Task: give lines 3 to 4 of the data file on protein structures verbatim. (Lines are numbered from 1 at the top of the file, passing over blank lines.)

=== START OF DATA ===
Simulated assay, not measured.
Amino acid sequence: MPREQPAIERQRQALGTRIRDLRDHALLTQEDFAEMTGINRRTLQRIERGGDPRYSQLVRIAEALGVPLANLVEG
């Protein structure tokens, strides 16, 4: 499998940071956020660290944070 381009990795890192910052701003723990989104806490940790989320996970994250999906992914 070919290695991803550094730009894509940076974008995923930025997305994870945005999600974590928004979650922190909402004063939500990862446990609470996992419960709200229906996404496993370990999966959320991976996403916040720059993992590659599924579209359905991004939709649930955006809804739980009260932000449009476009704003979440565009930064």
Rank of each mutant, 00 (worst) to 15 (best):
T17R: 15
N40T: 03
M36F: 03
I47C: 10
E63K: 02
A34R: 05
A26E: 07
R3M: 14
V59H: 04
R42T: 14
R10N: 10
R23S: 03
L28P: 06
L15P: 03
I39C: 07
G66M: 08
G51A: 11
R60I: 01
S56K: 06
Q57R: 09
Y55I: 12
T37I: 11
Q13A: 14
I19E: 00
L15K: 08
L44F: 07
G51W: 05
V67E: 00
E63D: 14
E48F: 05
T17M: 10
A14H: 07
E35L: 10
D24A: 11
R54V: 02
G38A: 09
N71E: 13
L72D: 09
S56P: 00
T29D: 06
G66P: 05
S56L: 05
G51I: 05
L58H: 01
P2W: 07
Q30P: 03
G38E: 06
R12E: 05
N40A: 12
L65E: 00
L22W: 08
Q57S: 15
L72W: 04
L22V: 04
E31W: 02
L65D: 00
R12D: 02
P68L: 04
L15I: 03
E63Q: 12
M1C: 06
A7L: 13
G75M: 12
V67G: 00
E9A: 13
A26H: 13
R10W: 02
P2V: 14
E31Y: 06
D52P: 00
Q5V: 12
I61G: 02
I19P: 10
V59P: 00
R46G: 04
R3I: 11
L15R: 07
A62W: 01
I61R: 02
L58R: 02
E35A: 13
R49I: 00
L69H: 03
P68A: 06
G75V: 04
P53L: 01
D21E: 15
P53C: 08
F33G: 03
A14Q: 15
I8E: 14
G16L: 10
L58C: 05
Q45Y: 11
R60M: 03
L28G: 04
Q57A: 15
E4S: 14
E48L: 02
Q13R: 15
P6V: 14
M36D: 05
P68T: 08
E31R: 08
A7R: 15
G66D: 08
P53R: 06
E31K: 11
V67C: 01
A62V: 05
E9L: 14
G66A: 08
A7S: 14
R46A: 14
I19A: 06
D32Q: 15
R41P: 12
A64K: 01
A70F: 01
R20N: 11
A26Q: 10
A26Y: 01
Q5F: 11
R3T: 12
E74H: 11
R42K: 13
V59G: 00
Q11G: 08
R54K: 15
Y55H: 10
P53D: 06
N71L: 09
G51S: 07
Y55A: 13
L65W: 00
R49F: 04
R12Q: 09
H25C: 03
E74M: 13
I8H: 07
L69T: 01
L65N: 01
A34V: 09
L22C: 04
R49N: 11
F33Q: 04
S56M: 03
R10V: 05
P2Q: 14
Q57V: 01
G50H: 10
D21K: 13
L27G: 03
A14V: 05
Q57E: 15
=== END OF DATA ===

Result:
């Protein structure tokens, strides 16, 4: 499998940071956020660290944070 381009990795890192910052701003723990989104806490940790989320996970994250999906992914 070919290695991803550094730009894509940076974008995923930025997305994870945005999600974590928004979650922190909402004063939500990862446990609470996992419960709200229906996404496993370990999966959320991976996403916040720059993992590659599924579209359905991004939709649930955006809804739980009260932000449009476009704003979440565009930064």
Rank of each mutant, 00 (worst) to 15 (best):